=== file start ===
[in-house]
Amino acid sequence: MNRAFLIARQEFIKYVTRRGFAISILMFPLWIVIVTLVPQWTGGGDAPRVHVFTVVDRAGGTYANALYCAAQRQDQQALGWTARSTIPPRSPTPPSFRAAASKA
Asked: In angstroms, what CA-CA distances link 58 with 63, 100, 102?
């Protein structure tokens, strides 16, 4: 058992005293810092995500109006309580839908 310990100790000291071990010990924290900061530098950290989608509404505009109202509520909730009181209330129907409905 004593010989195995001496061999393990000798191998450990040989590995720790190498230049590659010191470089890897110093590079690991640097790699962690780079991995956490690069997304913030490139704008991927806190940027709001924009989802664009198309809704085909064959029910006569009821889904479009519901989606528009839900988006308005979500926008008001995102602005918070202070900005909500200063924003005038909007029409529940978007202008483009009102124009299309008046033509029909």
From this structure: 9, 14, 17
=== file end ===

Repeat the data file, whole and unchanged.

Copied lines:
[in-house]
Amino acid sequence: MNRAFLIARQEFIKYVTRRGFAISILMFPLWIVIVTLVPQWTGGGDAPRVHVFTVVDRAGGTYANALYCAAQRQDQQALGWTARSTIPPRSPTPPSFRAAASKA
Asked: In angstroms, what CA-CA distances link 58 with 63, 100, 102?
């Protein structure tokens, strides 16, 4: 058992005293810092995500109006309580839908 310990100790000291071990010990924290900061530098950290989608509404505009109202509520909730009181209330129907409905 004593010989195995001496061999393990000798191998450990040989590995720790190498230049590659010191470089890897110093590079690991640097790699962690780079991995956490690069997304913030490139704008991927806190940027709001924009989802664009198309809704085909064959029910006569009821889904479009519901989606528009839900988006308005979500926008008001995102602005918070202070900005909500200063924003005038909007029409529940978007202008483009009102124009299309008046033509029909």
From this structure: 9, 14, 17